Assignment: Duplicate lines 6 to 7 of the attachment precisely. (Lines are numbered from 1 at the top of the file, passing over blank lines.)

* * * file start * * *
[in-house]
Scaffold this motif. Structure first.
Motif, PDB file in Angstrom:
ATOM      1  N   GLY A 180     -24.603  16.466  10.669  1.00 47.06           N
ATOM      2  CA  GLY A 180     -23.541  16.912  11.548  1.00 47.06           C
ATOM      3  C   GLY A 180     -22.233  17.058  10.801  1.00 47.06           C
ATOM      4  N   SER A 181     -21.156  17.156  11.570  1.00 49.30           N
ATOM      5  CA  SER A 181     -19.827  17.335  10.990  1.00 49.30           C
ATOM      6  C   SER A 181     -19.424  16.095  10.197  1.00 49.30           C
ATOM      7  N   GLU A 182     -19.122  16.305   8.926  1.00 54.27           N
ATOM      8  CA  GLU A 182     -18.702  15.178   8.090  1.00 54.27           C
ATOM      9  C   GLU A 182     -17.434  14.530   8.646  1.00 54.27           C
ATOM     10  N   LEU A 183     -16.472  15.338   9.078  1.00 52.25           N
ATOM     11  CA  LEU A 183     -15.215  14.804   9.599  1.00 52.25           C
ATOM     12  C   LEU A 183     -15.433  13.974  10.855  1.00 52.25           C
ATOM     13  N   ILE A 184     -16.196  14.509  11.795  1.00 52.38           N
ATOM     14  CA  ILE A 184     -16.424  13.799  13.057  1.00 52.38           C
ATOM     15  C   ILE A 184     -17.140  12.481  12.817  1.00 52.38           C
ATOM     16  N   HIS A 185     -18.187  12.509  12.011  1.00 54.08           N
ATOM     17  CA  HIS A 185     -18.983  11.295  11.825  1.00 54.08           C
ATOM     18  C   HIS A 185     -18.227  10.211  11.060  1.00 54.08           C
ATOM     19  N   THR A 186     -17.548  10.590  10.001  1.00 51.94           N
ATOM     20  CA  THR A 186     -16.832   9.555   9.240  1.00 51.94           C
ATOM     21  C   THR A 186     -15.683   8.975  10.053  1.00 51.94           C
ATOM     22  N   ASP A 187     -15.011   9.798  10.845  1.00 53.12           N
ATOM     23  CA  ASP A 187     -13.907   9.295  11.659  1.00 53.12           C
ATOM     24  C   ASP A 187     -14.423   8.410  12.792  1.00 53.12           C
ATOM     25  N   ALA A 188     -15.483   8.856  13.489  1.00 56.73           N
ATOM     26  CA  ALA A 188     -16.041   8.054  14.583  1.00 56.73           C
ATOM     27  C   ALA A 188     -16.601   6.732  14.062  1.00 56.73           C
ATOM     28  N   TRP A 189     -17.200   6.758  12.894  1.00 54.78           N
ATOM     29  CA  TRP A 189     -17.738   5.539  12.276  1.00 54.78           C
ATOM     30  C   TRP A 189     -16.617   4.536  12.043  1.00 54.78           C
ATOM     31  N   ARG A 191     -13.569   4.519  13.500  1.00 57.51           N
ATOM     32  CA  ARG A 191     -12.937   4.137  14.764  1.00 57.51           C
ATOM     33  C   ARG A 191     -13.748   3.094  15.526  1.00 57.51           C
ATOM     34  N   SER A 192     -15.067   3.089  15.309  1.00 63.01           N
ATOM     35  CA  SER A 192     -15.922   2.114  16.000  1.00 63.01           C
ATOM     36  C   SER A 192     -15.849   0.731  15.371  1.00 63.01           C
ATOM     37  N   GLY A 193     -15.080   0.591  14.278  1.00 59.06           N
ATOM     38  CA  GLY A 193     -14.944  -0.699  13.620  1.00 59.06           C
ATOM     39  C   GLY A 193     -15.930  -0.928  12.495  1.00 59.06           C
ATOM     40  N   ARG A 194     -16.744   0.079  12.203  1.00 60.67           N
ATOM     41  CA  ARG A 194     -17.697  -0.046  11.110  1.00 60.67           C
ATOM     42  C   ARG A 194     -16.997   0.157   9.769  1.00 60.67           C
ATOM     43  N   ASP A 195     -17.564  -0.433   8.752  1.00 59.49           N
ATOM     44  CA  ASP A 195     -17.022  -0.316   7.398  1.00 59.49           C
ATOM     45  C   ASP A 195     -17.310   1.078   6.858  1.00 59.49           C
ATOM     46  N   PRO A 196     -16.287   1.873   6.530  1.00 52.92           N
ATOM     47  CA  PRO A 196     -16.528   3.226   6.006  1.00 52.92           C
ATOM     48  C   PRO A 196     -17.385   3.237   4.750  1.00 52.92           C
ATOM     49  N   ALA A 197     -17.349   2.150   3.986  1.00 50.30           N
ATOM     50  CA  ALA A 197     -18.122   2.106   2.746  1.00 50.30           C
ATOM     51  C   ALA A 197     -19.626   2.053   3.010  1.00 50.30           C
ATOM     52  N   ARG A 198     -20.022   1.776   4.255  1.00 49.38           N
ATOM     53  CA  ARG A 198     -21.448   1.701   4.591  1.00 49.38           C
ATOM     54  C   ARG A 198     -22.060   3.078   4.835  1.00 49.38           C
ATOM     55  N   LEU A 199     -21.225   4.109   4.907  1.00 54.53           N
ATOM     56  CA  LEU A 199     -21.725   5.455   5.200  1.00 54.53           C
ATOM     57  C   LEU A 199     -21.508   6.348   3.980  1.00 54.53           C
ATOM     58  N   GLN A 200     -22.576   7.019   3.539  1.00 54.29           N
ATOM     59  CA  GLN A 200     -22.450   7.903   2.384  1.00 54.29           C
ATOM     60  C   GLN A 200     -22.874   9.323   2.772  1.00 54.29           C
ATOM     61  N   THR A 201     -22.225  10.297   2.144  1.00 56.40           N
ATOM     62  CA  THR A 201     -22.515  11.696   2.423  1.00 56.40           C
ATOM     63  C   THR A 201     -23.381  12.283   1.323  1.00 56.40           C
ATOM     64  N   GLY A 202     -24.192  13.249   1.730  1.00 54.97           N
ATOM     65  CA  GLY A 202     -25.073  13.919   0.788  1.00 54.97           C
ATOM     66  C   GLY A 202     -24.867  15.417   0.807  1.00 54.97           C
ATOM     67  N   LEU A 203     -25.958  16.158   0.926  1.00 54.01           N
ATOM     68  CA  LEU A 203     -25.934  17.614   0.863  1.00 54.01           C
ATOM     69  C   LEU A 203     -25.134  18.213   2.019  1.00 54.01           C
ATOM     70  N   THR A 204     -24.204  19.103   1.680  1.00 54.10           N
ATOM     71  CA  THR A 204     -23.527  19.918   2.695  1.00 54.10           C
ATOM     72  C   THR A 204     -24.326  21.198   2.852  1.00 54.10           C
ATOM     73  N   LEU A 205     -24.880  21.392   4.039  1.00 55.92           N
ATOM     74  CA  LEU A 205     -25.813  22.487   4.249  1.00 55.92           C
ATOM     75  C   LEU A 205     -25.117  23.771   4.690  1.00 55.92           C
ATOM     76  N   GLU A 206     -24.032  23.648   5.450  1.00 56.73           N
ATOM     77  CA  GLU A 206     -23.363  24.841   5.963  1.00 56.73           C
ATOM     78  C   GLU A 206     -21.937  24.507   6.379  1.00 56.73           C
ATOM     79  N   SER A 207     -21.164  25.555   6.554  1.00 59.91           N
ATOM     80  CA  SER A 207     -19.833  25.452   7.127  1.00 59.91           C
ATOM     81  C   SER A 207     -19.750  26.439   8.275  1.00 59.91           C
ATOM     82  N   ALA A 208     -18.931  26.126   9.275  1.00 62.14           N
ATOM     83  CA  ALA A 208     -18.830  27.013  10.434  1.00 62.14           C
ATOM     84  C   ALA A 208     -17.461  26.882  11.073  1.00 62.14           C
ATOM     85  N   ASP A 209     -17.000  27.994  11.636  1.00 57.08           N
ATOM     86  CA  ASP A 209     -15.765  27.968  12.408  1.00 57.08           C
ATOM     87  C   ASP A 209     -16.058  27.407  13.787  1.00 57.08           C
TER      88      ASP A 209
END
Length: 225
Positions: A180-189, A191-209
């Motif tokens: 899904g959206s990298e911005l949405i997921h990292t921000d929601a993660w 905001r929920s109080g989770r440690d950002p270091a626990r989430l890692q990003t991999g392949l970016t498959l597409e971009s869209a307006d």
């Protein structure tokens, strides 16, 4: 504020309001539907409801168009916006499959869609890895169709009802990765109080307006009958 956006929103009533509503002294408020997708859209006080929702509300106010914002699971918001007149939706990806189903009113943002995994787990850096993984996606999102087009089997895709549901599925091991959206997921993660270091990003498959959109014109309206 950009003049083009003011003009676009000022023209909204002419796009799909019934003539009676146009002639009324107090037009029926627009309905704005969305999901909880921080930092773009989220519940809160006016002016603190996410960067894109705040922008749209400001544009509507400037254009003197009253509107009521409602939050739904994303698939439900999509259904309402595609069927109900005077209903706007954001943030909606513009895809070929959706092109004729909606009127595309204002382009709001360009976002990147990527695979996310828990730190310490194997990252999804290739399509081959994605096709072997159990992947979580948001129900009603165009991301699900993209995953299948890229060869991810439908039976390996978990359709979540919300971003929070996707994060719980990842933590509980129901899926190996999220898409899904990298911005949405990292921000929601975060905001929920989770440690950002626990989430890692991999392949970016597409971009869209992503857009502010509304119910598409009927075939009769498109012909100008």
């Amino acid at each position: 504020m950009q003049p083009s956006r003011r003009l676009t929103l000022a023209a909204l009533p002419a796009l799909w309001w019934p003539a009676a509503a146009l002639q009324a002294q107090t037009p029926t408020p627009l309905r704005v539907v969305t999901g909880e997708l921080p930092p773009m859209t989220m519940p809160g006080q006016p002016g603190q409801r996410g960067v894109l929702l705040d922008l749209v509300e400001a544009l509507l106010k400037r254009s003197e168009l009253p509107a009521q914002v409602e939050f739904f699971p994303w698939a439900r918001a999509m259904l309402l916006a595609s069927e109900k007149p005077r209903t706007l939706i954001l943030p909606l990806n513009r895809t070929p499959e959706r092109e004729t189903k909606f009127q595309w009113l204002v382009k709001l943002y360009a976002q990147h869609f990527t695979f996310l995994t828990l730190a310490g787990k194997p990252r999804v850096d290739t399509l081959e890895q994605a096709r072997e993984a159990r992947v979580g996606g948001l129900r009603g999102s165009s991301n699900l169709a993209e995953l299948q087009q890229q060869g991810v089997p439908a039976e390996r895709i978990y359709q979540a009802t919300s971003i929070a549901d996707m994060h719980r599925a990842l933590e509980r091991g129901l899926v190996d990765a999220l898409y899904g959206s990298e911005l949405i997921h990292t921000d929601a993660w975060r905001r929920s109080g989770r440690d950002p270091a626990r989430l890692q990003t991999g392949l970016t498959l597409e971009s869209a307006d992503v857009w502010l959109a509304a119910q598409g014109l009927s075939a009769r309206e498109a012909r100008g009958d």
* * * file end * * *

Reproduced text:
ATOM      3  C   GLY A 180     -22.233  17.058  10.801  1.00 47.06           C
ATOM      4  N   SER A 181     -21.156  17.156  11.570  1.00 49.30           N